Computer Scientist Gets to the "Bottom" of Financial Scandal

Andrei Serjantov
Mon, 1 Apr 2002 11:06:26 +0100 (BST)

Here's an article in the Cambridge Evening News that might interest this
group ...

April 1, 2002.

Computer Scientist Gets to the "Bottom" of Financial Scandal

A Cambridge computer professor, Simon Peyton Jones, has made an
interesting discovery regarding the Enron collapse.  Enron, an
American energy company, started life as a regional natural gas
pipeline provider, the result of a merger between Houston Natural Gas
and InterNorth in 1985.  Its chairman, Kenneth Lay, eventually
transformed Enron into the world's largest energy trading company and
America's seventh-biggest corporation.  Enron filed for bankruptcy on
December 2 last year in the biggest collapse in American history.

Enron's collapse was due to a nearly impenetrable web of financial
contracts that disguised the true financial state of the company and
allowed Enron to report record profits while actually losing money.
A complex set of partnerships were set up in 1999 to move debt off its
balance sheet and hide losses.

The most complex of these financial contracts are derivative
instruments in which the value of a contract depends on other
financial contracts.  Accountants find that even when they are
scrupulously honest about the valuation of such contracts there can
still be sharp disagreements in regard to the worth of trading
reserves, debts, and other components.

Enter Professor Peyton Jones.  As part of his research at Microsoft in
Cambridge, he developed a computer language for describing and valuing
financial contracts.  With a colleagues Jean-Marc Eber and Julian
Seward, they developed a language capable of accurately describing and
valuing even the most complex financial instruments.  "While
accountants find financial derivatives to be mysterious and difficult,
for us they are just ordinary recursive  equations," says Jones.  "We
have been dealing with these for many years and have developed a wide
range of techniques for handling them."

This language is turning heads in the financial community.  According
to Emanuel Derman, managing director of firm-wide risk at Goldman
Sachs, "In all areas of computer science, there has been a natural
evolution towards building high-level languages with a syntax and
semantics specifically geared to the domain of the application.  Much
of the power of the Unix programming environment, as well as its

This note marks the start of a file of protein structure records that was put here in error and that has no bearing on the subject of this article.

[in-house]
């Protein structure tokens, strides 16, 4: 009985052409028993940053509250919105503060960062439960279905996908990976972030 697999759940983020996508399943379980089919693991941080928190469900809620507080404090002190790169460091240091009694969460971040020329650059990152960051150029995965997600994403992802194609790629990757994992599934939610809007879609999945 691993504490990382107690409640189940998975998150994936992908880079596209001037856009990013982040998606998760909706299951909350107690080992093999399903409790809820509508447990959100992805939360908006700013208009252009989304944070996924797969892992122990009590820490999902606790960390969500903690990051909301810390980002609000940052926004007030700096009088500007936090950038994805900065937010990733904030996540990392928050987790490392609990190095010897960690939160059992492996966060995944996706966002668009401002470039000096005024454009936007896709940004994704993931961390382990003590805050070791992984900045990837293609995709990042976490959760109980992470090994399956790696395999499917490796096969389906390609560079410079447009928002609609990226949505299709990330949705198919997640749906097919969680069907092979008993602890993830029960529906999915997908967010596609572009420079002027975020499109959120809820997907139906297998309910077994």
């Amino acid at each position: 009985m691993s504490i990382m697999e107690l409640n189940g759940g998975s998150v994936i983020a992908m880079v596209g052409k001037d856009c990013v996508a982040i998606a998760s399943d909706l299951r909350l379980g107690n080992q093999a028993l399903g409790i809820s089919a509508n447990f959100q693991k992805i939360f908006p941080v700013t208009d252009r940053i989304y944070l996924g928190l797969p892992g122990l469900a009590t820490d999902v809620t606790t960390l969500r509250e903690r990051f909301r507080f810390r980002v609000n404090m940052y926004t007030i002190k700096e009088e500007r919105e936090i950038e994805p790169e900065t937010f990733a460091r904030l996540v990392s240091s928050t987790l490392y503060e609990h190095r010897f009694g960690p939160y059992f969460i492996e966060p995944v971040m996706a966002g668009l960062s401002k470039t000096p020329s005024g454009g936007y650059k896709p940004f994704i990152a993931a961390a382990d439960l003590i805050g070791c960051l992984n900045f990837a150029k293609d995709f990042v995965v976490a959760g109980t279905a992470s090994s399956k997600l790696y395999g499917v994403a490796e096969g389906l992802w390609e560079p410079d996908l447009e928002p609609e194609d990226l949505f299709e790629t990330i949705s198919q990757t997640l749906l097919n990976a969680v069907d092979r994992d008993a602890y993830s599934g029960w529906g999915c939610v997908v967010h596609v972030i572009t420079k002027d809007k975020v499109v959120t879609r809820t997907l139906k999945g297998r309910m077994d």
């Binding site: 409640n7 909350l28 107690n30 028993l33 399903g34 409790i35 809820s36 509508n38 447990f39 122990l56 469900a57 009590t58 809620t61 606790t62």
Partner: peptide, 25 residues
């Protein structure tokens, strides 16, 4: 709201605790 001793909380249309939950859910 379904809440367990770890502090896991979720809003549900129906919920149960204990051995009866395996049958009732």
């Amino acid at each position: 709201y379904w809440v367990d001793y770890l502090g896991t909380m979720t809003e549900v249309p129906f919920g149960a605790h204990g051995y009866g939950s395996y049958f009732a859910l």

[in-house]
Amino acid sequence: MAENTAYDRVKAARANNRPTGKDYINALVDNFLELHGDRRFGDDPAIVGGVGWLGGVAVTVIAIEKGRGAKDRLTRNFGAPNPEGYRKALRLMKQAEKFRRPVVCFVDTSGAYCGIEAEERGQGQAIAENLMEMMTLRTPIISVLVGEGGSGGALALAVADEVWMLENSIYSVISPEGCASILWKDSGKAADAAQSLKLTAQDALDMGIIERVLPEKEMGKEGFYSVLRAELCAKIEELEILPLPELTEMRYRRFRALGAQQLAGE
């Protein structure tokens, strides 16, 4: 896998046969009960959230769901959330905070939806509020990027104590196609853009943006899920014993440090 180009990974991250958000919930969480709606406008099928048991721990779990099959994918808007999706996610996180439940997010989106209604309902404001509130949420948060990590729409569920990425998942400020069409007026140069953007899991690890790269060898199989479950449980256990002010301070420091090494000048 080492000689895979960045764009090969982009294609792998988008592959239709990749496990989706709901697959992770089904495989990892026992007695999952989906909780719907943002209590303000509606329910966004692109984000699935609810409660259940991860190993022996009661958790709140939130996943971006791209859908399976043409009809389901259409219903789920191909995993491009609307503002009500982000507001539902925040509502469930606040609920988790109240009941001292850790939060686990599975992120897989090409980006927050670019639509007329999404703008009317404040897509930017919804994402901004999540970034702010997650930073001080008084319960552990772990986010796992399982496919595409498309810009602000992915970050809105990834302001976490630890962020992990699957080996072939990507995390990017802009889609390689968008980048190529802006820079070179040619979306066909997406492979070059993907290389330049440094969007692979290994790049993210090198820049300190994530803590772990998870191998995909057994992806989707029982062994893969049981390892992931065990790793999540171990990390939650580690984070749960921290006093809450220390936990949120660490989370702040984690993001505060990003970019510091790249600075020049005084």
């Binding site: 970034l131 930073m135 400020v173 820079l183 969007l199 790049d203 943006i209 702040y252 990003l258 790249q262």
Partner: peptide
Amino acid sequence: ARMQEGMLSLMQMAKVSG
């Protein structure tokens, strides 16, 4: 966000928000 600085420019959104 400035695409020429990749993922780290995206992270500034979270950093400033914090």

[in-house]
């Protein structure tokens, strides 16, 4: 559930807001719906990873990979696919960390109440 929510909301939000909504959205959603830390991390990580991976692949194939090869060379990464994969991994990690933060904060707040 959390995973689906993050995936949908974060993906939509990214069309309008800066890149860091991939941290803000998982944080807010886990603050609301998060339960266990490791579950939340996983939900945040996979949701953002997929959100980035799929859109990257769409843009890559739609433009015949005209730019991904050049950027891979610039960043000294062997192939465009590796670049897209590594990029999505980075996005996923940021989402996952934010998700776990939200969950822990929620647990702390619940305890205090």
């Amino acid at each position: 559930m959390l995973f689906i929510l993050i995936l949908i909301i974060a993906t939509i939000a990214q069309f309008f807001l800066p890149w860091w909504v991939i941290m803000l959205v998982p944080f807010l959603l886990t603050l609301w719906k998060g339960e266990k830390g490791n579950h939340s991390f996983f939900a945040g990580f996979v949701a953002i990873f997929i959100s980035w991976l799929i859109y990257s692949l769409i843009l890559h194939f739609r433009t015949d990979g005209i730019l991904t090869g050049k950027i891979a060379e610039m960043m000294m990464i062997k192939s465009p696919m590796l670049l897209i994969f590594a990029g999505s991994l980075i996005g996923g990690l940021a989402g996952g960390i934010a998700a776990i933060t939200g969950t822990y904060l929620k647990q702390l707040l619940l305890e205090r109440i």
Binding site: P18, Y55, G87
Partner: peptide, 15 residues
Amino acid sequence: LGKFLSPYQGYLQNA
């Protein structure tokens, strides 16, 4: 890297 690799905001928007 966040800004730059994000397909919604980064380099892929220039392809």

popularity among scientists and engineers, came from the pleasure of
working in this framework.  It makes sense to do the same thing in the
financial arena, and some of the tools we built at Goldman have
actually been small steps in this direction."

When Professor Jones heard about the Enron collapse, he decided to use his
new language to investigate.  After weeks of poring over financial
statements and contracts, he was able to create a set of mathematical
equations using his financial contract language.  Once everything was
ready, his team was ready to evaluate Enron's financial worth.

"It was very dramatic," he relates, "we were all gathered around my
computer and I hit the enter key.  Instead of generating a value, the
program returned `bottom'."  Bottom is a special value that computer
scientists use to denote a meaningless program.  Here, it indicated
that Enron had used financial contracts whose values did not actually
have any formal meaning."  He went on to explain how this works: "It's
really very simple.  If I write a contract that says it's value is
derived from a stock price and the worth of the stock depends solely on
the contract, we have bottom.  So in the end, Enron had created a
complicated series of contracts that ultimately had no value at all."

News of this discovery spread quickly.  While some accountants feel
that computers cannot replace human judgment in the interpretation of
financial contracts, others see this as just the first step in a trend
towards a more precise language of accounting and financial
contracts.  Nearly everyone in the accounting field agrees, however,
that this work by Peyton Jones will have a significant impact on the
legal case against Enron.

According to Peyton Jones, his success in the financial world comes
from years of research in Haskell, an esoteric computer language.
"Without the tools developed by the Haskell community I would never
have been able to do what I've done.  It's a jolly wonderful way to
program computers" he stated.

The Arthur Anderson accounting firm is rumored to have made overtures
to Peyton Jones.  A spokesman for Andersen's Cambridge office said it was
too early to speculate as to whether Peyton Jones might leave Microsoft
Research but he added "It would be a tremendous boost the credibility
of our company and the whole accounting profession to bring someone of
this caliber into our company."  But Professor Peyton Jones
plans to remain where he is.  "I'm flattered that my research has
finally been of use to someone but I'm quite happy working on Haskell.
Besides, I don't want to have to wear a suit to work every day."